Coming to India for an ODI series will bring back some happy memories for Ashton Turner, who is set to play his first ODI in ten months. It was unfortunate that he had to miss out on a World Cup berth with David Warner and Steve Smith returning to the team after serving their suspension period. But Turner now might get to feature in a playing eleven alongside both the star batsmen.
Although he has played only three ODIs in his career thus far, Turner's experience in Indian conditions might prove handy for Australia in the three-match ODI series. That knock in Mohali - an unbeaten 84 off 43 deliveries that helped Australia chase down a target of 359 and kept them alive in the series - is especially treasured by the 26-year-old who believes his past experience will hold him in good stead.
"Coming back to India, we love touring here. From my experiences here last time I had a really enjoyable trip and had some personal success and team success. That is my only experience of ODI cricket so far and the only experience I have to draw from. I have really fond memories of playing one-day cricket so far in my career," said Turner.
"To be able to come here to India, historically it has been really tough for touring teams to come here and have success. For me to be able to play a role in getting that one-day series back on track...we were chasing our tails a bit, to contribute to winning that night in Mohali, I have fond memories. I take a lot of confidence out of that against a world-class team and a world-class bowling attack, it's given me confidence that my ability is good enough against the best in the world."
Limited opportunities in ODI cricket hasn't deterred Turner, who says being selected in an Australian team is motivation enough to keep him going. And regarding this series, if it'll serve as a proving ground for his T20 credentials and a possible berth in the T20 World Cup this year, Turner reckons the currency of runs is all that matters.
"Selectors watch us bat in all formats, first-class cricket, one-day cricket or T20 cricket. All we can do is put our best foot forward and try and contribute to winning teams. That's no different. I've just got an opportunity ahead of me to represent Australia if selected and we always have an eye to the future and are thinking about things coming up, big and exciting things. It's always important to think about the present and what is going to happen tomorrow.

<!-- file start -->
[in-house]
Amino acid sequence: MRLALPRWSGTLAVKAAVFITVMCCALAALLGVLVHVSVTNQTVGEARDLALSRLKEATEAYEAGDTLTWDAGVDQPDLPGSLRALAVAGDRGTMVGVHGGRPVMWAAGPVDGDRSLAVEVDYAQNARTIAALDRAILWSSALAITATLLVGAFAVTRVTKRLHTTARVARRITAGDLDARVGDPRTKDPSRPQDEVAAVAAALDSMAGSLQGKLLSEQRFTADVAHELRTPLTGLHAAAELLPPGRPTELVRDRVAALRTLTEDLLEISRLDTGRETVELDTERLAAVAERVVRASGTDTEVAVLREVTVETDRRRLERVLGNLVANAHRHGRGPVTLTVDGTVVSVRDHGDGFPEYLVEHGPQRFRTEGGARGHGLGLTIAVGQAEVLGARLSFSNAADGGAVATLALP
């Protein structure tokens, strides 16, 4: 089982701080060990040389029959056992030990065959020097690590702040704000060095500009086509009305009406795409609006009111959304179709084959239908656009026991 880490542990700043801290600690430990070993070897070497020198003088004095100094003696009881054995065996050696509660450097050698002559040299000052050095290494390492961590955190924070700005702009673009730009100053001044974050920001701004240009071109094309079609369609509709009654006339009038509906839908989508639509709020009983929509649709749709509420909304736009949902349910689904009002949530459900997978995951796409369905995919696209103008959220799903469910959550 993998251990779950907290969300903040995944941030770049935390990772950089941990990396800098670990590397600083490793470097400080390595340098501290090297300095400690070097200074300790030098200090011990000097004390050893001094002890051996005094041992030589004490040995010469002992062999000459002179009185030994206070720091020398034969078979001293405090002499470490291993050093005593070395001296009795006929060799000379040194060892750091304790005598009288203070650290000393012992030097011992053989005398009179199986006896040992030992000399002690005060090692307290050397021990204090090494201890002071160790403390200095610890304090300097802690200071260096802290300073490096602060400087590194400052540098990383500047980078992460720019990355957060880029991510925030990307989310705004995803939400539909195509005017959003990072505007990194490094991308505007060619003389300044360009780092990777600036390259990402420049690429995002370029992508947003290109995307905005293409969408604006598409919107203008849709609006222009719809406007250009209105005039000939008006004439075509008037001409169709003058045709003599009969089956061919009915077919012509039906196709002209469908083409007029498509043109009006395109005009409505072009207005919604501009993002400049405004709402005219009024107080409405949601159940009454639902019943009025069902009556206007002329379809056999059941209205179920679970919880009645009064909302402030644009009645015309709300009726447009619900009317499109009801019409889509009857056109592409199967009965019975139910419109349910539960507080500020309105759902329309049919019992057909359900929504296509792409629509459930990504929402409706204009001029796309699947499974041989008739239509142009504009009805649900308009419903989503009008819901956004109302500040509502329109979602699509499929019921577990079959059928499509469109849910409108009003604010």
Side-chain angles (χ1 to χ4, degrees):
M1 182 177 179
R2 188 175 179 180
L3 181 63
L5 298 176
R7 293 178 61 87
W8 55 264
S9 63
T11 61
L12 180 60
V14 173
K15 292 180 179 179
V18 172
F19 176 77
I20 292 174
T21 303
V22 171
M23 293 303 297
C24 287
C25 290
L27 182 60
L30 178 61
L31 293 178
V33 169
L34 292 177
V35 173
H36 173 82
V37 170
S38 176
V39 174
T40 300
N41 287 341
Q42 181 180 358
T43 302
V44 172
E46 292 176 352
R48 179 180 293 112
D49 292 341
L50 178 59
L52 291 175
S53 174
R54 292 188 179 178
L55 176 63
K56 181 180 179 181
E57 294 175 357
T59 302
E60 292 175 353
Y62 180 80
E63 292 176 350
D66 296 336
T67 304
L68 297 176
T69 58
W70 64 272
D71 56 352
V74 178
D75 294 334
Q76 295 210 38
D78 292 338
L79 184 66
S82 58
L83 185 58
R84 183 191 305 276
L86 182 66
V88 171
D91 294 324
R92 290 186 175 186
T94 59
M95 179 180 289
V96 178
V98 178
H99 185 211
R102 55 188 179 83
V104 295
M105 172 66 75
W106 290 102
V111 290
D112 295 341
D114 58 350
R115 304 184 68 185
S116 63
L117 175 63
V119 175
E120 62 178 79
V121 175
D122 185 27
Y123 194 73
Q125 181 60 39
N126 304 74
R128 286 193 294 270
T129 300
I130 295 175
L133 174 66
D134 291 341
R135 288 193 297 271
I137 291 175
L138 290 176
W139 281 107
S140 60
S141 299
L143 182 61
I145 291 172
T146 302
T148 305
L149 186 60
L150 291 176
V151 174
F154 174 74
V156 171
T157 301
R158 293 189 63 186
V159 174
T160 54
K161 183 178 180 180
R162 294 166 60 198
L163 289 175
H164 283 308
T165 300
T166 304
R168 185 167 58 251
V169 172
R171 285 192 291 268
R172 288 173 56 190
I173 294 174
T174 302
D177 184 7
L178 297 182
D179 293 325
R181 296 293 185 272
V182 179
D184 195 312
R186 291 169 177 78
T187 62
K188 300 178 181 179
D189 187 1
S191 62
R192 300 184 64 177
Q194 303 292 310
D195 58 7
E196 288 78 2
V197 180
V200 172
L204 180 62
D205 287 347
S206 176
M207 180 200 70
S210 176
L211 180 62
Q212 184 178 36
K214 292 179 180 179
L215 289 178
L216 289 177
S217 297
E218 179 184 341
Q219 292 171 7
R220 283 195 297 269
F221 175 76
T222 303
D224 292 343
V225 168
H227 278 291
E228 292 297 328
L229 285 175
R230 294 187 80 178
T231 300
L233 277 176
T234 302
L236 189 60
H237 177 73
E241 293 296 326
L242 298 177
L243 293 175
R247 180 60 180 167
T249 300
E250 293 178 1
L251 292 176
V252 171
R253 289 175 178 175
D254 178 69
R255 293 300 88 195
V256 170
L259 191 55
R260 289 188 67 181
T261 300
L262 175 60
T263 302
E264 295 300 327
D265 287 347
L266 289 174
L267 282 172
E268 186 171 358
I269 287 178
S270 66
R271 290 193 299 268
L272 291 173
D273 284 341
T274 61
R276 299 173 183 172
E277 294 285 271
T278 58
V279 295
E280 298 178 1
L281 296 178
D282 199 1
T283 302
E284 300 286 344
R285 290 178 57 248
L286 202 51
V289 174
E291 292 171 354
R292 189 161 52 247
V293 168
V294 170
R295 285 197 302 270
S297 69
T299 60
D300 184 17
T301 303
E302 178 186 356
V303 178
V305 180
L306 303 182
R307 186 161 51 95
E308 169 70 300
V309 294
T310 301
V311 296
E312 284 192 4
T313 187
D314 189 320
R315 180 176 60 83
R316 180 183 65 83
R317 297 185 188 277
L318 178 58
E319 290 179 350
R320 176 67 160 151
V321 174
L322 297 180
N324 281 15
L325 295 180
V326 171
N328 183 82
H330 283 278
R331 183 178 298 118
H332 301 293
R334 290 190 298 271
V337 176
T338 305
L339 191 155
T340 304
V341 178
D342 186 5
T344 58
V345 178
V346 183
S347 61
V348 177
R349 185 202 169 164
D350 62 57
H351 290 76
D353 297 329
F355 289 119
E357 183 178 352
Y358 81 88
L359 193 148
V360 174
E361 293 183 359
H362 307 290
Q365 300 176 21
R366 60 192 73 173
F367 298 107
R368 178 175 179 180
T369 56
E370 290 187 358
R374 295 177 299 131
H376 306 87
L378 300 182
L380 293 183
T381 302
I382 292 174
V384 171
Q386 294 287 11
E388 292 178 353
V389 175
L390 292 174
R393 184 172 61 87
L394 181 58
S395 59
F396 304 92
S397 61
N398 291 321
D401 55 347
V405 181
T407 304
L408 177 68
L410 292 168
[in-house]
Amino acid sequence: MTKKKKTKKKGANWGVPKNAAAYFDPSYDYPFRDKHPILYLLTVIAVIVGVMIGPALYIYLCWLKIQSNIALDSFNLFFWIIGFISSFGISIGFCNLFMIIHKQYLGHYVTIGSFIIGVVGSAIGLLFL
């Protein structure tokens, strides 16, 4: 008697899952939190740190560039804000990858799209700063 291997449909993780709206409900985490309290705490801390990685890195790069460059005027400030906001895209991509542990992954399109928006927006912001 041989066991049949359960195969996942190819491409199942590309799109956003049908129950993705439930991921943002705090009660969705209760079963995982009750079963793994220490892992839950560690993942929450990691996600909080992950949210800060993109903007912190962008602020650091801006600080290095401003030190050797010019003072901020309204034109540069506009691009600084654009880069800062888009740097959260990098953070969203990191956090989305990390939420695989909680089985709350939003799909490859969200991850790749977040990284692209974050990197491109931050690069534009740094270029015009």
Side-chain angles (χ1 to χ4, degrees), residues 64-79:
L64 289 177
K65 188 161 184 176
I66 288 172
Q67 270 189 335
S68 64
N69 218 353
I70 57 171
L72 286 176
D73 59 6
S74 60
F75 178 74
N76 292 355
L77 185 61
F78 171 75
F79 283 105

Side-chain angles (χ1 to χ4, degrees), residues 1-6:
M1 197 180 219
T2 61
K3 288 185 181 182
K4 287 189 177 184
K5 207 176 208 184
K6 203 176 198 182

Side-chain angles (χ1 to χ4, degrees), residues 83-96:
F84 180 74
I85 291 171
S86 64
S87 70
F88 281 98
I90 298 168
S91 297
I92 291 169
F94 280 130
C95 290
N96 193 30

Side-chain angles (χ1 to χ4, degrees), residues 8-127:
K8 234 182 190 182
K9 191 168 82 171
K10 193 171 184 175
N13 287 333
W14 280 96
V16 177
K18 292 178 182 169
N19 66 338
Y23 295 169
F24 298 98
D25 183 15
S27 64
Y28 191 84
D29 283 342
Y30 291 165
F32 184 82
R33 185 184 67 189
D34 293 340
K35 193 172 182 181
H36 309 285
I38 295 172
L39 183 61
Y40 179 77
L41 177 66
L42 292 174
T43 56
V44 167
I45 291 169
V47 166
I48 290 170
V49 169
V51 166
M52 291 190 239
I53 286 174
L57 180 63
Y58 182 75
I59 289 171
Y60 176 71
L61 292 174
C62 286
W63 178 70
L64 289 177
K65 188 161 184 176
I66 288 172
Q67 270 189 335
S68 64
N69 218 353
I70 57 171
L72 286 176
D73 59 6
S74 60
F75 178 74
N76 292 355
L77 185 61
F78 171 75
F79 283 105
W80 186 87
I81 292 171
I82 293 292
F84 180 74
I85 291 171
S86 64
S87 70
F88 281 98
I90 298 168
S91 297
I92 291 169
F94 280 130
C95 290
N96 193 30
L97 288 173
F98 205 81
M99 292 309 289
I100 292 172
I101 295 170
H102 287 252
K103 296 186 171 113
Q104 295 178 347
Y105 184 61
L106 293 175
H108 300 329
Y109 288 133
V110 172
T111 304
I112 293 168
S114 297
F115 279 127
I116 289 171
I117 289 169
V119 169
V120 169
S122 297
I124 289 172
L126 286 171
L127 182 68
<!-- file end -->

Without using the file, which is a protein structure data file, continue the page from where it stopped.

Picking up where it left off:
The way Australia handle spin will be one of the keys for them in the series insists Turner, who was among the Australians who prevented the Indian spinners from making much of an impact the last time they came to India.
"Part of the recipe for success we had here last time was being able to come up with the solution to combat the world class spinners that India do have and no doubt their spinners will bowl a lot of overs through the middle overs of these one-day games and a lot of times in a lot of games that's where the game is won or lost.
"In all of our planning a big part of our preparation goes into how we're going to combat the Indian spinners and it's always a big challenge particularly coming here to India. It's a challenge we're really looking forward to and it's something from this last series, we've taken belief. If we prepare well and we're really clear on our gameplans and tactics we know our best is good enough."
Turner also heaped praise on Finch's leadership skills, mentioning that the confidence and the free hand he has given to players has helped the team grow.
"Finch has been really good to me personally and has given me a lot of confidence to play my game and play the way I want to play. He is a brilliant leader. Since he has taken over the full-time captaincy of the one-day and T20 teams we have gone from strength to strength. To have that consistency in the squads is really good. All the boys most importantly love playing under Finchy's captaincy. I think Australia have a great history of really good leaders and Finchy is just continuing on that tradition."